Each guide or potential guide has many resources available to them to do their volunteer work. Primary among those are the other volunteers. Each guide has unique knowledge and expertise which we regularly share with each other. Their backgrounds range from Master Naturalist training, Tree Steward training, PVCC coursework in ornithology and natural history, and many other areas.
Additionally there is guide training of six to eight week available in the spring and fall of each calendar year. Most often guide training takes place on Tuesday mornings at 9:30 by the education building. Additional guide training consists of public programs on Saturdays or Sundays.
Ivy Creek Guide Manual
Common Native Trees of Virginia, Virginia Department of Forestry
Ivy Creek Handouts: Ferns, Mosses, Grasses, etc.
Golden Books for Reptiles, Insects, Ferns, etc.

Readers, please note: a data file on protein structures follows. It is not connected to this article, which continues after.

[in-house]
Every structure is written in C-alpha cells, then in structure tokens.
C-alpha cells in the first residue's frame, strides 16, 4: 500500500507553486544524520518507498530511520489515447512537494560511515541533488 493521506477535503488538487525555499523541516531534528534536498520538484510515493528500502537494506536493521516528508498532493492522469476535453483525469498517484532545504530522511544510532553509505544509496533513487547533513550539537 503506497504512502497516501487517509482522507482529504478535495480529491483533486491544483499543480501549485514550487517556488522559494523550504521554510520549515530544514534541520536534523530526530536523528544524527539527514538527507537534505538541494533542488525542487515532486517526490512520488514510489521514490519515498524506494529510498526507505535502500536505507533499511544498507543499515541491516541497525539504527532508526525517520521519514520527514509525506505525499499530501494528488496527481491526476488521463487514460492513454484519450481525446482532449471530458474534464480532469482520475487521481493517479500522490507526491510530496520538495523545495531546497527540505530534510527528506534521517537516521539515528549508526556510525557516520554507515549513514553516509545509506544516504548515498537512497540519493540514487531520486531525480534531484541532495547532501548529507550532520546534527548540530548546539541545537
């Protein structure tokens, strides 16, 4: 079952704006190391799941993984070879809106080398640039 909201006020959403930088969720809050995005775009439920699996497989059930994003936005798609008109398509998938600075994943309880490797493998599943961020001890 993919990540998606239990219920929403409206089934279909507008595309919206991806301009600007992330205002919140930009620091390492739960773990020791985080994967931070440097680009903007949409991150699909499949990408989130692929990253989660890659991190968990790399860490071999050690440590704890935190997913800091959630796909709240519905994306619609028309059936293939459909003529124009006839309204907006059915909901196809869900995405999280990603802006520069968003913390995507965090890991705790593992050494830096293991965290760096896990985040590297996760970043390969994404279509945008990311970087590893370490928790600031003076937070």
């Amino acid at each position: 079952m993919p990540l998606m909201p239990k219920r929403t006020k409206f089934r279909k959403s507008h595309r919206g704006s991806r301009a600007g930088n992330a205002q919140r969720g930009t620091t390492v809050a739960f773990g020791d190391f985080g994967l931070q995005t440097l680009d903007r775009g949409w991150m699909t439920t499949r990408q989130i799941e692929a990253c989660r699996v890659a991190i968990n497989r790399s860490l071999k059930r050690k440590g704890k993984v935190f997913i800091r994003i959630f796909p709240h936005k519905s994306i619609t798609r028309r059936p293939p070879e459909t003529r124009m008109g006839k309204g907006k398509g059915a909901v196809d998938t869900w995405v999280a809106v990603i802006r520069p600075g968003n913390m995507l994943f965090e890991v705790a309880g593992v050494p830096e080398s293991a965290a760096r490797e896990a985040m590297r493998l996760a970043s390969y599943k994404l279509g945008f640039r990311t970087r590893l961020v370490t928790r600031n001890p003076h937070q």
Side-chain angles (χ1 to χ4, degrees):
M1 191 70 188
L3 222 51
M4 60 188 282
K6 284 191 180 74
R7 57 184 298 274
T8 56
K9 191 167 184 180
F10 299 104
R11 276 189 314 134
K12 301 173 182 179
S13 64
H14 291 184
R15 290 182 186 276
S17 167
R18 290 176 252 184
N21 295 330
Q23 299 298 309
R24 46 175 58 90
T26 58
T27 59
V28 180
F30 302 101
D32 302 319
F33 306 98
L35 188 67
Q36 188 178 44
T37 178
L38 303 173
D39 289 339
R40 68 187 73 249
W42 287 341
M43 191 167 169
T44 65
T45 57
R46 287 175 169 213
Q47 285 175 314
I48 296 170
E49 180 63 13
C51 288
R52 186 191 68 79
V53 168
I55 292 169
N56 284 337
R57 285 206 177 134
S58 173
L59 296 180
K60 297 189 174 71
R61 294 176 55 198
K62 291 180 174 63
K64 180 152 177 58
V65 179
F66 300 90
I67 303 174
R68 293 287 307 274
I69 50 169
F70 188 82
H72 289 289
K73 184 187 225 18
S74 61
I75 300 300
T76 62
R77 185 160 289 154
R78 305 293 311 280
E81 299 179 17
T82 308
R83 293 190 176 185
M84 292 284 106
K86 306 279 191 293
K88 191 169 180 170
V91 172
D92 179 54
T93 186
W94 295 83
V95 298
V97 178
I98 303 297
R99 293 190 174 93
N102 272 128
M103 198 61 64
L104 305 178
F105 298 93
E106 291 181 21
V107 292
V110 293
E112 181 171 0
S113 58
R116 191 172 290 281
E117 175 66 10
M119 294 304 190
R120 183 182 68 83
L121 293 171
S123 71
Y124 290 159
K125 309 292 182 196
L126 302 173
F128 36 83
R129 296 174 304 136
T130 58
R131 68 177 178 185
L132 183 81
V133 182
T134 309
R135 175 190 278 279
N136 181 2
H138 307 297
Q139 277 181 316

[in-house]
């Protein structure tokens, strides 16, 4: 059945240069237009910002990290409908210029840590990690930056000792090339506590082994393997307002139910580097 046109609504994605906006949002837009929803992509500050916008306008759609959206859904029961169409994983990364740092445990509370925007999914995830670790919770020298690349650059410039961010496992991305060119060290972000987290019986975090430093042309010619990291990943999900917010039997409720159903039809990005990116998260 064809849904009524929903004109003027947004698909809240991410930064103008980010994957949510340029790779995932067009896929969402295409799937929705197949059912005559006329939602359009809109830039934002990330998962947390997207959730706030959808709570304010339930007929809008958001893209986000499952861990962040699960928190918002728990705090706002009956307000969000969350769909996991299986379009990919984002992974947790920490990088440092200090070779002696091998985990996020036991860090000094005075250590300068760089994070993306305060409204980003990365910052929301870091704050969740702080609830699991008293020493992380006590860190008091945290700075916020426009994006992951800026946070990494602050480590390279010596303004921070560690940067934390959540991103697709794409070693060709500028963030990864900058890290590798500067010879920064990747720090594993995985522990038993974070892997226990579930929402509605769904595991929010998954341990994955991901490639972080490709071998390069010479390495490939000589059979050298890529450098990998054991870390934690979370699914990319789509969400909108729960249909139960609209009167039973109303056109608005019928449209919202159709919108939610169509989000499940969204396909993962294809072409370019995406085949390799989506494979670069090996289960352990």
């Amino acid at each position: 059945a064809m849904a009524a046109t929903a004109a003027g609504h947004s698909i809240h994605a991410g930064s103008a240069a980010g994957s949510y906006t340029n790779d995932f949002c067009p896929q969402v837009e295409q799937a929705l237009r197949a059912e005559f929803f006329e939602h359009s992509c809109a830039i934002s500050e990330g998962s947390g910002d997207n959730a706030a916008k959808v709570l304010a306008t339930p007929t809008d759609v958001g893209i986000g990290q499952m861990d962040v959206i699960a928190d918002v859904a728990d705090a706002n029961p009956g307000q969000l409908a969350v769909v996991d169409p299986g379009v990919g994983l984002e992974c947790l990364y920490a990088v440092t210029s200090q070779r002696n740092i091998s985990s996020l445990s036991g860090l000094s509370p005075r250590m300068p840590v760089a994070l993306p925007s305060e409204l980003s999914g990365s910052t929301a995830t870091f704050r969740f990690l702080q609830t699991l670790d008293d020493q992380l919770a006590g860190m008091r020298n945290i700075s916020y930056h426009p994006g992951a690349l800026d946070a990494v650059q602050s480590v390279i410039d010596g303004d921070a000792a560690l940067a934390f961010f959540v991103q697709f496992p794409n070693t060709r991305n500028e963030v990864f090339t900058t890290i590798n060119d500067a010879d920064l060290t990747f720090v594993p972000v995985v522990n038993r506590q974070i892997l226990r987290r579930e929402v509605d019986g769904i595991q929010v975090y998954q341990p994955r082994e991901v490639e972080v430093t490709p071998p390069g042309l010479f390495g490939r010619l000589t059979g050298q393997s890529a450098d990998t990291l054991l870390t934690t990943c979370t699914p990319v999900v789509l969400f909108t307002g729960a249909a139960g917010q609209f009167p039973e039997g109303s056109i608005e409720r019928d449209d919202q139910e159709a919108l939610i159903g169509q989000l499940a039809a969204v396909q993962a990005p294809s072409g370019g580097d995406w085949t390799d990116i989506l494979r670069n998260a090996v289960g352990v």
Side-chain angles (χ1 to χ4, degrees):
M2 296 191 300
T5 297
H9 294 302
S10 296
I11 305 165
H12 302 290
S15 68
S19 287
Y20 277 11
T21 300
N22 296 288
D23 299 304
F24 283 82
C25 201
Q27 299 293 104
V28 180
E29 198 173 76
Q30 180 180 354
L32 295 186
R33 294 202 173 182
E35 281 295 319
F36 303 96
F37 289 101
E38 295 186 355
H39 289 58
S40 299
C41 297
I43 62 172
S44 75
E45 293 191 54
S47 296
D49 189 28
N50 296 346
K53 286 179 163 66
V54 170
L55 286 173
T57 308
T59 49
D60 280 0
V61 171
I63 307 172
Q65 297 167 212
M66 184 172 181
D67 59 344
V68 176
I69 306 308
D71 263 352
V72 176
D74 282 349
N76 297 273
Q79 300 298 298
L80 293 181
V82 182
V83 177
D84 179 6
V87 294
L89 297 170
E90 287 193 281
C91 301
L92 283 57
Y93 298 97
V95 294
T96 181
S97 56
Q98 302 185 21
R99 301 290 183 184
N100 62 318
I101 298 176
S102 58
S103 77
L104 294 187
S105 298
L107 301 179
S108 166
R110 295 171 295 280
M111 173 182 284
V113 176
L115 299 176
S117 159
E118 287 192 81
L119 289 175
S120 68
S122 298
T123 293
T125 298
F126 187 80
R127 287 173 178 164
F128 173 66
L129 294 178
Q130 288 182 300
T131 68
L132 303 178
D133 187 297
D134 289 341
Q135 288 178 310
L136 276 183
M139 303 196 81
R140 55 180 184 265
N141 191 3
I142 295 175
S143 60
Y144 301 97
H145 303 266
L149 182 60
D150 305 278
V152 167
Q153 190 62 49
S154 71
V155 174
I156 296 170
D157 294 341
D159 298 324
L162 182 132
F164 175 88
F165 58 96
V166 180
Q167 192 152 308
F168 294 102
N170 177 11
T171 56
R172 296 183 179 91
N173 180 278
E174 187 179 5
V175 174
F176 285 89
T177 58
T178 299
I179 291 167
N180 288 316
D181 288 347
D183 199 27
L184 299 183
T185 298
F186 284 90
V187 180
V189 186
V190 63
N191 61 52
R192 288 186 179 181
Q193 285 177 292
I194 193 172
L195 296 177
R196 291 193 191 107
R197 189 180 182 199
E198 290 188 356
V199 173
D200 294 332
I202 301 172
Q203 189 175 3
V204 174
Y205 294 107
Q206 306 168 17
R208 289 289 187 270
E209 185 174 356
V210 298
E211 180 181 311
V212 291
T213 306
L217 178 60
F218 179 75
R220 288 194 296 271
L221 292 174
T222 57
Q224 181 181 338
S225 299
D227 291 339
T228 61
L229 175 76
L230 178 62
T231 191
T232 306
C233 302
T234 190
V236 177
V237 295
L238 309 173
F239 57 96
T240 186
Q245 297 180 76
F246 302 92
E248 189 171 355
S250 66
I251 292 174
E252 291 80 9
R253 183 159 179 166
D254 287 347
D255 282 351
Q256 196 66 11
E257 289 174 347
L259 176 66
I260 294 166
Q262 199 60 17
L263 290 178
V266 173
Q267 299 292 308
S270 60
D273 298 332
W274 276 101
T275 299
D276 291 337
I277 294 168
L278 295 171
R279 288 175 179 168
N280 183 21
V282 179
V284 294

Peterson’s Field Guide for Birds
Advanced Resource Books
Mammal Tracks & Sign, Mark Elbroch
Bird Tracks & Sign, Mark Elbroch
Animal Skulls, Mark Elbroch
Hollows, Peepers, and Highlanders, George Constantz
Mountains of the Heart: A Natural History of the Appalachians, Scott Weidensaul
Among the Bears, Benjamin Kilham
Seeing Trees: Discover the Extraordinary Secrets of Everyday Trees, Nancy Ross Hugo and Robert Llewellyn
National Association for Interpretation – https://www.interpnet.com
North American Association for Environmental Education – http://www.naaee.org/
Irvine Nature Center – http://www.explorenature.org
Sabino Canyon: The Web of Life at http://sabinocanyon4kids.com/.
Sabino Canyon Volunteer Naturalists http://www.scvntucson.org/
Leave No Trace: Center for Environmental Ethics – https://lnt.org
Virginia Natural Resources Leadership Initiative – https://vnrli.ien.virginia.edu
Natural History Notes
Bess Murray wrote and recorded for broadcast 63 short talks (four to five minutes) on WTJU in the 1990s. Very concentrated information on natural history from the local region.